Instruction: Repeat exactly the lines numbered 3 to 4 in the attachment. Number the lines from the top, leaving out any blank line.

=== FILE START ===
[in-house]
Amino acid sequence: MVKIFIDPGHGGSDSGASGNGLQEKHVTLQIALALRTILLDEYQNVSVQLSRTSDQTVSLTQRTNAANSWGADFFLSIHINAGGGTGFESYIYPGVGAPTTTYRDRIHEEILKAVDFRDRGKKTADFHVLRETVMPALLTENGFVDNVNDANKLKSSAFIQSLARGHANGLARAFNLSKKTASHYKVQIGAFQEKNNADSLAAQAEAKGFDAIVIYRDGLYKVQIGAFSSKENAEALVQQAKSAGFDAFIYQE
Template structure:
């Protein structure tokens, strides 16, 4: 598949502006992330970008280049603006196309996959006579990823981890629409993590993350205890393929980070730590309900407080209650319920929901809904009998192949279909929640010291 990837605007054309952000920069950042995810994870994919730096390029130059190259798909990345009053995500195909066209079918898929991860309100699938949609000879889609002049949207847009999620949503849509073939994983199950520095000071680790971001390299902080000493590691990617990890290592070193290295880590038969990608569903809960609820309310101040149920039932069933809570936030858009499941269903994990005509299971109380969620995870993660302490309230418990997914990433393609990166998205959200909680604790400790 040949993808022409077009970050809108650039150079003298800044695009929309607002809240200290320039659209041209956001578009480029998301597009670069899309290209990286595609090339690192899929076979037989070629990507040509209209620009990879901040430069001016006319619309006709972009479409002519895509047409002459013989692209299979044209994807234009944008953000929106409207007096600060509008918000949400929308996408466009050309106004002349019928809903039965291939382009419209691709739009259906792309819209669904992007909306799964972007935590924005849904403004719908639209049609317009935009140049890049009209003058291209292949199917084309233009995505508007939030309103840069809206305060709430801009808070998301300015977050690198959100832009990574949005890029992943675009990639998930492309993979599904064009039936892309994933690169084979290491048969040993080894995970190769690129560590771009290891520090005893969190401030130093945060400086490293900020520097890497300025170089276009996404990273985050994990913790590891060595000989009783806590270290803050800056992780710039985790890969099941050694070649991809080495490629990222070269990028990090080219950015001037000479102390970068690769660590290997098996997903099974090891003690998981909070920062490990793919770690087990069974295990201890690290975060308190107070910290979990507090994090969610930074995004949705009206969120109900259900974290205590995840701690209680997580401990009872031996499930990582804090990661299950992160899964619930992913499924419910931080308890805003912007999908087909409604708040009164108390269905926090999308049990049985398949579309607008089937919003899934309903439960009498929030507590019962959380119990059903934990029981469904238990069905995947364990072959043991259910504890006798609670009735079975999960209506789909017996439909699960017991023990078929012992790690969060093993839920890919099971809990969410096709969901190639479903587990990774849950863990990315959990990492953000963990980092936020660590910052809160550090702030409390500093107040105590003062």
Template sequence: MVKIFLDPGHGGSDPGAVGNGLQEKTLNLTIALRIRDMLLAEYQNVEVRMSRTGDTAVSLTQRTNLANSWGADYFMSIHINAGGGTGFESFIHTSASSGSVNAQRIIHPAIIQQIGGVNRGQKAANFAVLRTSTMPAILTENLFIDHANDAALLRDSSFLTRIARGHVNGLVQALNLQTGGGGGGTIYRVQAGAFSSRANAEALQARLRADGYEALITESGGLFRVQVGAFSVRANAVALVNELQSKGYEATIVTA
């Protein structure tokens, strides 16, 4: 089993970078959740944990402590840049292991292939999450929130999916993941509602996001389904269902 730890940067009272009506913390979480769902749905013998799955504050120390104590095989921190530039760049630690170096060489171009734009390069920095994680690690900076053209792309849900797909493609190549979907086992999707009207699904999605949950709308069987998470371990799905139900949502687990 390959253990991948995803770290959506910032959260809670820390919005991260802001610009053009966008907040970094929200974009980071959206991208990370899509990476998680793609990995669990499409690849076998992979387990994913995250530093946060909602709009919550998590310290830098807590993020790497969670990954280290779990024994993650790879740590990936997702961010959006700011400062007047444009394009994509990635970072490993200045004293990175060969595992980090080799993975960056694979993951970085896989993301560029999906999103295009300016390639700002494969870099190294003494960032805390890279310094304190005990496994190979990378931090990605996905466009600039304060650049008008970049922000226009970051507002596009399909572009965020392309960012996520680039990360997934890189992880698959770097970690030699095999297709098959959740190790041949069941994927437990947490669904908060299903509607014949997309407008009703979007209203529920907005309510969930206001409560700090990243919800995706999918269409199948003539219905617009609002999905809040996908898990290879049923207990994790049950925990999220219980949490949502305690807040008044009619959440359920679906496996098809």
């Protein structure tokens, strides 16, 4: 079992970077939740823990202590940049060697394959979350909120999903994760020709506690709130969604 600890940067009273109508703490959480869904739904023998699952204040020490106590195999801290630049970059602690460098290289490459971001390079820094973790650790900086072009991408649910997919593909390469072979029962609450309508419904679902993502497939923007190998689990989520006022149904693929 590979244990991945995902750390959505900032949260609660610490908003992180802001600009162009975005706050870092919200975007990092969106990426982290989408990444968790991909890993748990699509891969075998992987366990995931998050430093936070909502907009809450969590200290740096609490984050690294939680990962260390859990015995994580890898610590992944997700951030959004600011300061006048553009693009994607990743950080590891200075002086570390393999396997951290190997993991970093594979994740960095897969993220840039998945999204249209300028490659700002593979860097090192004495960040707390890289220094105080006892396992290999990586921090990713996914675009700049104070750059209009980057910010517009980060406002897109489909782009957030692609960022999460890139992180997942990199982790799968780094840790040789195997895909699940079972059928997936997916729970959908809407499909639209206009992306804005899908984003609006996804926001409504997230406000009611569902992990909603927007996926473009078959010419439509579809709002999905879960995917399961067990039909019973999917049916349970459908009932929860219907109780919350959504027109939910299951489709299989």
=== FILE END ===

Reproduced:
Template structure:
């Protein structure tokens, strides 16, 4: 598949502006992330970008280049603006196309996959006579990823981890629409993590993350205890393929980070730590309900407080209650319920929901809904009998192949279909929640010291 990837605007054309952000920069950042995810994870994919730096390029130059190259798909990345009053995500195909066209079918898929991860309100699938949609000879889609002049949207847009999620949503849509073939994983199950520095000071680790971001390299902080000493590691990617990890290592070193290295880590038969990608569903809960609820309310101040149920039932069933809570936030858009499941269903994990005509299971109380969620995870993660302490309230418990997914990433393609990166998205959200909680604790400790 040949993808022409077009970050809108650039150079003298800044695009929309607002809240200290320039659209041209956001578009480029998301597009670069899309290209990286595609090339690192899929076979037989070629990507040509209209620009990879901040430069001016006319619309006709972009479409002519895509047409002459013989692209299979044209994807234009944008953000929106409207007096600060509008918000949400929308996408466009050309106004002349019928809903039965291939382009419209691709739009259906792309819209669904992007909306799964972007935590924005849904403004719908639209049609317009935009140049890049009209003058291209292949199917084309233009995505508007939030309103840069809206305060709430801009808070998301300015977050690198959100832009990574949005890029992943675009990639998930492309993979599904064009039936892309994933690169084979290491048969040993080894995970190769690129560590771009290891520090005893969190401030130093945060400086490293900020520097890497300025170089276009996404990273985050994990913790590891060595000989009783806590270290803050800056992780710039985790890969099941050694070649991809080495490629990222070269990028990090080219950015001037000479102390970068690769660590290997098996997903099974090891003690998981909070920062490990793919770690087990069974295990201890690290975060308190107070910290979990507090994090969610930074995004949705009206969120109900259900974290205590995840701690209680997580401990009872031996499930990582804090990661299950992160899964619930992913499924419910931080308890805003912007999908087909409604708040009164108390269905926090999308049990049985398949579309607008089937919003899934309903439960009498929030507590019962959380119990059903934990029981469904238990069905995947364990072959043991259910504890006798609670009735079975999960209506789909017996439909699960017991023990078929012992790690969060093993839920890919099971809990969410096709969901190639479903587990990774849950863990990315959990990492953000963990980092936020660590910052809160550090702030409390500093107040105590003062």